The first personal computer which used a modern graphical user interface was the Xerox Alto, developed in 1973. This was not a commercial product and was intended mainly for research at universities.

1Source: toastytech.com


Xerox 8010 Star (released in 1981)

This was the first system that was referred to as a fully integrated desktop computer including applications and a GUI. It was known as “The Xerox Star”, later renamed“ViewPoint” and later again renamed to “GlobalView”.

Xerox 8010 Star
Xerox 8010 Star, Source: toastytech.com

Apple Lisa Office System 1 (released in 1983)

Also referred to as Lisa OS, which in this case is short for Office System. It was developed by Apple with the intention of being a document processing workstation.

Unfortunately this workstation didn’t last, it was killed by Apple’s Macintosh operating system that was more affordable.

There were upgrades to Lisa OS, Lisa OS 2 in 1983 and Lisa OS 7/7 3.1 in 1984, that upgraded the system itself, but not the graphical user interface.

Apple Lisa 1
Apple Lisa OS 1, Source: GUIdebook

Apple Lisa OS 1
Apple Lisa OS 1, Source: GUIdebook

VisiCorp Visi On (released in 1984)

Visi On was the first desktop GUI developed for the IBM PC. This system was targeted towards big corporations and came with a high price tag. The GUI made use of a mouse, it had a built-in installer and help system and it didn’t use icons.

Visi On
VisiCoprt Visi On, Source: toastytech.com

Visi On
VisiCoprt Visi On, Source: toastytech.com

Mac OS System 1.0 (released in 1984)

System 1.0 was the first operating system GUI developed for the Macintosh. It had several features of a modern operating system, being windows based with icons. The windows could be moved around with the mouse and files and folders could be copied by dragging and dropping onto the target location.

Mac OS 1
Apple Mac System 1.0, Source: toastytech.com

Amiga Workbench 1.0 (released in 1985)

When first released, Amiga was ahead of its time. The GUI included features such as color graphics (four colors: black, white, blue, orange), preemptive multitasking, stereo sound and multi-state icons (selected and unselected).

Amiga Workbench 1.0
Amiga Workbench 1.0, Source: GUIdebook

Amiga Workbench 1.0
Amiga Workbench 1.0, Source: GUIdebook

Windows 1.0x (released in 1985)

In this year Microsoft finally caught up with the whole graphical user interface craze and released Windows 1.0, its first GUI based operating system (although no one would dare to refer to it as one). The system featured 32×32 pixel icons and color graphics. The most interesting feature (which later was omitted) was the icon of the animated analog clock.

Windows 1
Microsoft Windows 1.01, Source: makowski-berlin.de

Windows 1
Microsoft Windows 1.01, Source: makowski-berlin.de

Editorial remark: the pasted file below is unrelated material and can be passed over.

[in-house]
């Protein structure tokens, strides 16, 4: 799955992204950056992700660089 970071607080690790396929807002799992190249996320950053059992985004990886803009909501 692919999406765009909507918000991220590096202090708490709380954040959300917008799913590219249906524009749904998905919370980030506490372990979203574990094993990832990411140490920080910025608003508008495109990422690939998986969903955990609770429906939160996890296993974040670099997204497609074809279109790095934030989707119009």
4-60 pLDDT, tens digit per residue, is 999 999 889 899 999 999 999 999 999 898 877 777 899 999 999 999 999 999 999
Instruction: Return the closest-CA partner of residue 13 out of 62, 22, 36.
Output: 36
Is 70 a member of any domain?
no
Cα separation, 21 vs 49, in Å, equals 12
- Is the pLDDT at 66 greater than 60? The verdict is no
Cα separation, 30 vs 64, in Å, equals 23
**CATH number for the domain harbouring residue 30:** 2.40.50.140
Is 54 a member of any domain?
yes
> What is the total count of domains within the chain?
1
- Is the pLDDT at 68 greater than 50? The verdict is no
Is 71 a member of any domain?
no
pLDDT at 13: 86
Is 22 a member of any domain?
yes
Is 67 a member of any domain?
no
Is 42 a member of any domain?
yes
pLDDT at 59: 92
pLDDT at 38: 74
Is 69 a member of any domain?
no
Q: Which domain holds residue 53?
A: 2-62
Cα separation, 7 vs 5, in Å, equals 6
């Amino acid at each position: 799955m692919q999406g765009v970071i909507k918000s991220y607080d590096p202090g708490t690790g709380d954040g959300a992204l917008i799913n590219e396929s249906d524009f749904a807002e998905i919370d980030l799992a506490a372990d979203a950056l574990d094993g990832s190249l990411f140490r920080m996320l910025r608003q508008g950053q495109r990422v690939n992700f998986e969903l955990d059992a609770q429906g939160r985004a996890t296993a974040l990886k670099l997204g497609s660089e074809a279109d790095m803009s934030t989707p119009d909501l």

GEM (released in 1985)

GEM (Graphical Environment Manager) was a windowing style GUI created by Digital Research, Inc. (DRI). It was initially created for use with the CP/M operating system on the Intel 8088 and Motorola 68000 microprocessors and was later developed to run on DOS as well. Most people will remember GEM as the GUI for the Atari ST computers. It was also used on a series Amstrad’s IBM compatible computers. It was the core for Ventura Publisher and a few other DOS programs. The GUI was also ported to other computers but did not gain popularity on them.

Source: Wikipedia

1986 - 1990

IRIX 3 (released in 1986, first release 1984)

The 64-bit IRIX operating system was created for UNIX. An interesting feature of this GUI is the support for vector icons. This feature was built into the GUI long before Mac OS X even existed.

Silicon Graphics IRIX 3.0, Source: osnews.com

GEOS (released in 1986)

The GEOS (Graphic Environment Operating System) operating system was developed by Berkeley Softworks (later GeoWorks). It was originally designed for the Commodore 64 and included a graphical word processor, called geoWrite and a paint program called geoPaint.

Source: Wikipedia

Windows 2.0x (released in 1987)

In this version, the actual management of the windows had significantly improved. The windows could be overlapped, resized, maximized and minimized.

Windows 2
Microsoft Windows 2.03, Source: guidebookgallery.org

Windows 2
Microsoft Windows 2.03, Source: guidebookgallery.org

OS/2 1.x (released in 1988)

OS/2 was originally co-developed by IBM and Microsoft, but in 1991 the two companies split up, with Microsoft incorporating the technology in its own Windows GUI and IBM developing OS/2 further. The GUI used in OS/2 was called “Presentation Manager”. This version of the GUI only supported monochrome, fixed icons.